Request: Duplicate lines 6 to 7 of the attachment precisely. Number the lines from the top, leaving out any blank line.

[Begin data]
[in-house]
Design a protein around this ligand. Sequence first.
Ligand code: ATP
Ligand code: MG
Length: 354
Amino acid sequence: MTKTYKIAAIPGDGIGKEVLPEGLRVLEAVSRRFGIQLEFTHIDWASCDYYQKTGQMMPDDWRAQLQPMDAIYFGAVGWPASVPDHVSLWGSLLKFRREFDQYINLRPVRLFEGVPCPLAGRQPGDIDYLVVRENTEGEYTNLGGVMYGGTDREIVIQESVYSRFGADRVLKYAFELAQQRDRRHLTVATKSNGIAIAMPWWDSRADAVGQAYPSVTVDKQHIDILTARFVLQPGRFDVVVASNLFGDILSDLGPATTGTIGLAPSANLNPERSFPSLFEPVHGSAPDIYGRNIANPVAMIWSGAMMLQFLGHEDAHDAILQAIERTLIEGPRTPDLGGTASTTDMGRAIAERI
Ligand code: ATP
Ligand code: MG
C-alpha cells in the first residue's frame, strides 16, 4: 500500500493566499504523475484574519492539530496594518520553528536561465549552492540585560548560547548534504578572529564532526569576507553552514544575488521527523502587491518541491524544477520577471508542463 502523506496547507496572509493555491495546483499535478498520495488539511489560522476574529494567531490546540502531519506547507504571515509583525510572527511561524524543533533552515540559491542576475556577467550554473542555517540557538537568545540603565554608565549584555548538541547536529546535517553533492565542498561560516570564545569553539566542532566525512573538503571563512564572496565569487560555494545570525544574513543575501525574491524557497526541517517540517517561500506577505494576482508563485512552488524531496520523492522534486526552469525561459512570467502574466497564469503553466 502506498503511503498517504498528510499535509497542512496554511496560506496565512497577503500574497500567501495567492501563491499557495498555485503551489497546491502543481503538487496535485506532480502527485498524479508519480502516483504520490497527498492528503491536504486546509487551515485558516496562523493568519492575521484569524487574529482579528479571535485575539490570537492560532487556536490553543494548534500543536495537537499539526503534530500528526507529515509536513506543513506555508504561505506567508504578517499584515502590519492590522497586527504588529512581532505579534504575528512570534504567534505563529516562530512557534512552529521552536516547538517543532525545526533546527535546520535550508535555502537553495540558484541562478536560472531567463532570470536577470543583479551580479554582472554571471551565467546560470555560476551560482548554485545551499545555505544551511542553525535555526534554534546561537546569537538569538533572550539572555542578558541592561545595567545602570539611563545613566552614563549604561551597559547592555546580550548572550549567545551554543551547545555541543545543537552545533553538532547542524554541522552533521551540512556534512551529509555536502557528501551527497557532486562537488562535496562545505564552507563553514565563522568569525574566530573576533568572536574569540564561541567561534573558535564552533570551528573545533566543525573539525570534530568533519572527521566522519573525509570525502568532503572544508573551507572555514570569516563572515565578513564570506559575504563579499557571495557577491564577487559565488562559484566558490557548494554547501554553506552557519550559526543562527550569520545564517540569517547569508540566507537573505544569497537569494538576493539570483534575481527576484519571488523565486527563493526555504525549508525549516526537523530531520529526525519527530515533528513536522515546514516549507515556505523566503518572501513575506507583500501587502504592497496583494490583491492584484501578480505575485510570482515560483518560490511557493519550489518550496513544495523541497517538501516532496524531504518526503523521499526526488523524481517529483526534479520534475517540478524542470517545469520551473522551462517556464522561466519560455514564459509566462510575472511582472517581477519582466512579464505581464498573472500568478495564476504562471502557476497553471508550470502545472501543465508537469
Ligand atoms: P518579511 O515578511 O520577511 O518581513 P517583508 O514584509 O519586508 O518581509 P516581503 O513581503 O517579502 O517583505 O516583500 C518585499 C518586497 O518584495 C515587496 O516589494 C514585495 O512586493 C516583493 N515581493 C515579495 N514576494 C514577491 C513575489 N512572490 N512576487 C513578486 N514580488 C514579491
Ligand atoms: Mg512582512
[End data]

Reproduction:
Amino acid sequence: MTKTYKIAAIPGDGIGKEVLPEGLRVLEAVSRRFGIQLEFTHIDWASCDYYQKTGQMMPDDWRAQLQPMDAIYFGAVGWPASVPDHVSLWGSLLKFRREFDQYINLRPVRLFEGVPCPLAGRQPGDIDYLVVRENTEGEYTNLGGVMYGGTDREIVIQESVYSRFGADRVLKYAFELAQQRDRRHLTVATKSNGIAIAMPWWDSRADAVGQAYPSVTVDKQHIDILTARFVLQPGRFDVVVASNLFGDILSDLGPATTGTIGLAPSANLNPERSFPSLFEPVHGSAPDIYGRNIANPVAMIWSGAMMLQFLGHEDAHDAILQAIERTLIEGPRTPDLGGTASTTDMGRAIAERI
Ligand code: ATP